How, then, do myths form that get the facts so utterly wrong? Myths in the pejorative sense form as a result of natural illusions. Omniscience isn’t given to lowly mammals. To compensate for their being thrown into the world without due preparation, as a result of the world’s dreadful godlessness, some creatures may develop the survival strategy of being excessively curious, which drives them often to err on the side not of caution but of creativity. We track not just the patterns that lead us to food or shelter, but myriad other structures on the off-chance that they’re useful. And as we evolve more intelligence than wisdom, we creatively interpret these patterns, filling the blanks in our experience with placeholder notions that indicate both our underlying ignorance and our presumptuousness. In the case of witches, for example, we mistake some hapless individual’s introversion and foreignness for some evil complicity in suffering that’s actually due merely to bad luck and to nature’s heartlessness. Given enough bumbling and sanctimony, that lack of information about a shy foreigner results in the burning of a primate for allegedly being a witch. A suitably grotesque absurdity for our monstrously undead universe.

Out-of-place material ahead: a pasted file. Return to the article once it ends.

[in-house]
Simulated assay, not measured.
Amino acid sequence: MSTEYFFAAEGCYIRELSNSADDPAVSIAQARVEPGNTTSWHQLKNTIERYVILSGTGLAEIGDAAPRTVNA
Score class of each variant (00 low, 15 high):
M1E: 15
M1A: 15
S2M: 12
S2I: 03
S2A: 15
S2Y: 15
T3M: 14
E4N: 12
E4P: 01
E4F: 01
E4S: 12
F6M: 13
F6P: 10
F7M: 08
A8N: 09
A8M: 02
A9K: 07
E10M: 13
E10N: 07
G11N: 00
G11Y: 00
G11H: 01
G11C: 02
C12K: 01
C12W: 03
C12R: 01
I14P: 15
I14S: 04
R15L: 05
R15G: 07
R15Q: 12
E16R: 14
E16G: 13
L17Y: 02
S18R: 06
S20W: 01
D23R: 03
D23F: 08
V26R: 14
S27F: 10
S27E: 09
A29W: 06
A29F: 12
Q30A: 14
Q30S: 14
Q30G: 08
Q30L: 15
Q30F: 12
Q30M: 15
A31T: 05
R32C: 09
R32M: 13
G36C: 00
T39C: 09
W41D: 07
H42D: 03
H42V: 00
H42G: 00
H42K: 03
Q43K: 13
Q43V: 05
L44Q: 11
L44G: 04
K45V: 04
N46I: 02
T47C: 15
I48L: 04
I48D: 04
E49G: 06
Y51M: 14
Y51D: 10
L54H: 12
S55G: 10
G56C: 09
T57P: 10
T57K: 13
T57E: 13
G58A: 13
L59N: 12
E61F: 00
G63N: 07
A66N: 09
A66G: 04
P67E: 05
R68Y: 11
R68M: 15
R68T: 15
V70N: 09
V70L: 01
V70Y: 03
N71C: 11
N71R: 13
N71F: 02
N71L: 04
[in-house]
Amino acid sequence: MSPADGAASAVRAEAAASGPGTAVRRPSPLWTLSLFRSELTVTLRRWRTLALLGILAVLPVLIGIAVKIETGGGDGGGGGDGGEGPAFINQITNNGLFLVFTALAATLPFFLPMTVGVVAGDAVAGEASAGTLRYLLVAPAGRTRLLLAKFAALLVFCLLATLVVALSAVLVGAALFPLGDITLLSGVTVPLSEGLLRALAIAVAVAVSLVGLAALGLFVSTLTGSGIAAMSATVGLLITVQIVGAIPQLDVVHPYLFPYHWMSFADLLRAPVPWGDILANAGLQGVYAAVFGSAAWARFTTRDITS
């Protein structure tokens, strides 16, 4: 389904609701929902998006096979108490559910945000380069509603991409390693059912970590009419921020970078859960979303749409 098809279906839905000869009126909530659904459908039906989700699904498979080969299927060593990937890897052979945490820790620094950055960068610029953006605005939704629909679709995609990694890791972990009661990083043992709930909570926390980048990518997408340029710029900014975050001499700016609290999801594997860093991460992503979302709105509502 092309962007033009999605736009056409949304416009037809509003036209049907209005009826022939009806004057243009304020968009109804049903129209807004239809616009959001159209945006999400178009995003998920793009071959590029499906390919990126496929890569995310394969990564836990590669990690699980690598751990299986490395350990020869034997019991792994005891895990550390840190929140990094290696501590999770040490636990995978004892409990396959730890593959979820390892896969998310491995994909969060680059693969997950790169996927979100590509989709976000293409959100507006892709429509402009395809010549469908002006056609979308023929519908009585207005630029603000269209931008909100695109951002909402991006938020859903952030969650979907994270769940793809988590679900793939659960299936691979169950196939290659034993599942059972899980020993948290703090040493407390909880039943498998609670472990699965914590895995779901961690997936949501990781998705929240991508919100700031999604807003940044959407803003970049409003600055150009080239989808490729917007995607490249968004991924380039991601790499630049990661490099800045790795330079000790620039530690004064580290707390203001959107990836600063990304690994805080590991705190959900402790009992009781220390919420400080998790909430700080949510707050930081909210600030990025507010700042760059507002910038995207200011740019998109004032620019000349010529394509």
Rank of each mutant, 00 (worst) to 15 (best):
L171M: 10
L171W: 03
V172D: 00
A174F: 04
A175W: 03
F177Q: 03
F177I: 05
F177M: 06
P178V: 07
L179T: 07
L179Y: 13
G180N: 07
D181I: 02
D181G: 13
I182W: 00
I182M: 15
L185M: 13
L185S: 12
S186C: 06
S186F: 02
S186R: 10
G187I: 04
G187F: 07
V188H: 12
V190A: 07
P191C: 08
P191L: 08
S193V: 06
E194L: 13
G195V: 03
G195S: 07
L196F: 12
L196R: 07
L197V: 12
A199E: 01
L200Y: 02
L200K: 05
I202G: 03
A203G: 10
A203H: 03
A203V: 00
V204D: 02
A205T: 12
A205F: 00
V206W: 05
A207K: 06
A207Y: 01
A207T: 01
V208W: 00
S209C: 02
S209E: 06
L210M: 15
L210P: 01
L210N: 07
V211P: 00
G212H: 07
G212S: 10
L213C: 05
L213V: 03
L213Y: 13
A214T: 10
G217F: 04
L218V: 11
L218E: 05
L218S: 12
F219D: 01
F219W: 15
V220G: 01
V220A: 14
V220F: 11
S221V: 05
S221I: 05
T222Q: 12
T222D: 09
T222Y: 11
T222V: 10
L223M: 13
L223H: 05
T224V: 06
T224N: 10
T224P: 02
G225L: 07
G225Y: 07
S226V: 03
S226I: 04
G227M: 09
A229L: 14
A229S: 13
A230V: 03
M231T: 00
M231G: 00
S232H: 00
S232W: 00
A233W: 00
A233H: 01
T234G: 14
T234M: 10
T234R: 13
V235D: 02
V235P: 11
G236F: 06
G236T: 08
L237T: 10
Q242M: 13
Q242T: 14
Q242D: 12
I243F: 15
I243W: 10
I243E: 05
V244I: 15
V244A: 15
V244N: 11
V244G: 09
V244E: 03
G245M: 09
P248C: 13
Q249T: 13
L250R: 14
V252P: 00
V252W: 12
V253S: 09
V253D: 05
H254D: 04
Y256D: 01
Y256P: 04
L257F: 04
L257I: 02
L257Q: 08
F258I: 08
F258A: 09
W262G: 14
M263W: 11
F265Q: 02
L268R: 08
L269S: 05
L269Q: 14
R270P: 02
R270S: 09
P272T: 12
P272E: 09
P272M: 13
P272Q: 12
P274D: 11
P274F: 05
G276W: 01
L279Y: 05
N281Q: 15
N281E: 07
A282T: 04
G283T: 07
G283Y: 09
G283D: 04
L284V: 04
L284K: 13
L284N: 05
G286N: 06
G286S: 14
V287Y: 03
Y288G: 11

Tuesday, March 10, 2015

The Irony of a Natural Afterlife

Is a natural afterlife possible? Answering this depends on what we mean by a person, since that which is traditionally supposed to survive the body’s death is the personal self, or more specifically the individual’s innermost self. Mystical traditions in the world’s religions identify that self with God, so that the afterlife is thought to be the “union” of an individual’s mind with the ultimate source of all minds. This is a euphemistic way of saying that in the afterlife we’re all destroyed as we realize that only God is real.

The Plausibility of a Natural Afterlife